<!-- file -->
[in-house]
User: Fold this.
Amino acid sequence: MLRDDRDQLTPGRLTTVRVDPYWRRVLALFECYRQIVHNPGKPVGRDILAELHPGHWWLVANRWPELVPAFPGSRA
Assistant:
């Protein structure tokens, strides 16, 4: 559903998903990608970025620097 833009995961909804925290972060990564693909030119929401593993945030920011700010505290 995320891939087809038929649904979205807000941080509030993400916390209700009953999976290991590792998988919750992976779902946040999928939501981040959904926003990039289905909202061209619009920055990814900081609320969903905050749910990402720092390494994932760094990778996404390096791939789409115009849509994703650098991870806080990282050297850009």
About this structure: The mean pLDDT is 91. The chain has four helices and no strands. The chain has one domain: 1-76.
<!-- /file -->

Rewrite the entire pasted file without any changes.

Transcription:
[in-house]
User: Fold this.
Amino acid sequence: MLRDDRDQLTPGRLTTVRVDPYWRRVLALFECYRQIVHNPGKPVGRDILAELHPGHWWLVANRWPELVPAFPGSRA
Assistant:
């Protein structure tokens, strides 16, 4: 559903998903990608970025620097 833009995961909804925290972060990564693909030119929401593993945030920011700010505290 995320891939087809038929649904979205807000941080509030993400916390209700009953999976290991590792998988919750992976779902946040999928939501981040959904926003990039289905909202061209619009920055990814900081609320969903905050749910990402720092390494994932760094990778996404390096791939789409115009849509994703650098991870806080990282050297850009």
About this structure: The mean pLDDT is 91. The chain has four helices and no strands. The chain has one domain: 1-76.